Although this article shows S-scale cars, the same concept can be used for hoppers in other scales as well. One of my PRR hoppers needed a coal load (actually it is a G-series car, so it is considered a gondola in PRR-speak). I wanted the load to be removable. The book "Detailing Freight Cars" by Jeff Wilson shows a simple technique for using foam. I had a sheet of foamboard available, so I cut out a piece to just barely fit within the car.
For the actual coal, I found a bag of "Decorative Sand" ("Black Coarse Sand", item #73054, made by Panacea Products Corp, Columbus, OH) at the craft store Michael's. It contains sand kernels that are about two scale inches in size, which is perfect for the finer run from coal mines. The material glitters a bit, which adds to the effect, I think. It is actual sand so it does have some weight to it. This might be good for cars that are a bit light. However, ultimately any material that looks like coal (or even coal itself) can be used.
Using a knife with no.11 blade in it, I carved the top of the foamboard piece to be shaped like the final shape of the load that I wanted. I then painted the top and sides of the piece with a black acrylic paint. While the paint was still wet, I poured some of the "coal" sand over the top. I let this dry overnight, just to be sure. The next morning, I flipped to load over to allow the loose pieces to fall off. I couldn't quite get the camera to take the shot without using the flash, so the coal looks too gray in the photo. I did the work on a piece of glass, so that I could recover all the pieces of sand to be reused.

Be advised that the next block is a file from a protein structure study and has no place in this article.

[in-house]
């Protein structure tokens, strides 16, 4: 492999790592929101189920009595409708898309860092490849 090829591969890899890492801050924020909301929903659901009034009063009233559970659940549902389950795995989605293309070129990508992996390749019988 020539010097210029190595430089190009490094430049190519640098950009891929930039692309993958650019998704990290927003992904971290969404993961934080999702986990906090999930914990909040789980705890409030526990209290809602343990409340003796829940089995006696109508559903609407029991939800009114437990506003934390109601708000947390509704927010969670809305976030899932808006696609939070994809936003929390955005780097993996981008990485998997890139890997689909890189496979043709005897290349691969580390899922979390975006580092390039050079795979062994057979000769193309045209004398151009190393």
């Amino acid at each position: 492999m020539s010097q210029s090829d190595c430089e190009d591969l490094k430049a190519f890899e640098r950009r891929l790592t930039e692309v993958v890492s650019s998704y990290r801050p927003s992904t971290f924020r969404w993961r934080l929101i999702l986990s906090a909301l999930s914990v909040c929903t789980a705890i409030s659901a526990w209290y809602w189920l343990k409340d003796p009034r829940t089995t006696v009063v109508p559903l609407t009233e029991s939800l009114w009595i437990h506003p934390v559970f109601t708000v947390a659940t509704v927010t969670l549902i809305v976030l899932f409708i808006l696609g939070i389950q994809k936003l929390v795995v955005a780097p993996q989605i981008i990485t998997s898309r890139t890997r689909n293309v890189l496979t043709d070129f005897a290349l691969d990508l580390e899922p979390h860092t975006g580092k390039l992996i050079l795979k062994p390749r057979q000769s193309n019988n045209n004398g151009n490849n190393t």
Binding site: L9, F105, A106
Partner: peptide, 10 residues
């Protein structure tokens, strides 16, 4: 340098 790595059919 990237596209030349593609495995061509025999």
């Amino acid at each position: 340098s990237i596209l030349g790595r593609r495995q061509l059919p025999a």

One thing I discovered (having never painted foamboard before), was that the piece had warped. I had only painted the top and sides of the piece. I then painted the bottom, but it didn't help. I thought about it for a while, but realized that I could manipulate the placement of the materials on top to make the load appear to be flat. The foamboard piece will rest on the crossbearers of the gondola. The curvature of the piece wouldn't be visible at the top of the car.
I then started pouring several thin layers of the sand on top of the load, immediately followed by drops of rubbing alcohol and drops of matte medium (mixed 50/50 with water). I let each layer dry for about an hour before applying the next one. I kept going until I had the shape that I wanted. The load is quite heavy now. Here's the load dropped into the car for which it was intended. By holding the car upside down I can remove the load carefully with the point of a knife. I have seen people using a tool with a magnet at one end to be able to lift the load out if a matching magnet is glued to the underside of the load. I might do that down the road. Note how you can no longer tell that the load is warped!
I built another coal load for an H21a in a similar manner. In this photo the load sits too high. Later on I removed some of the foam underneath so that the load sits lower on the car's crossbearers.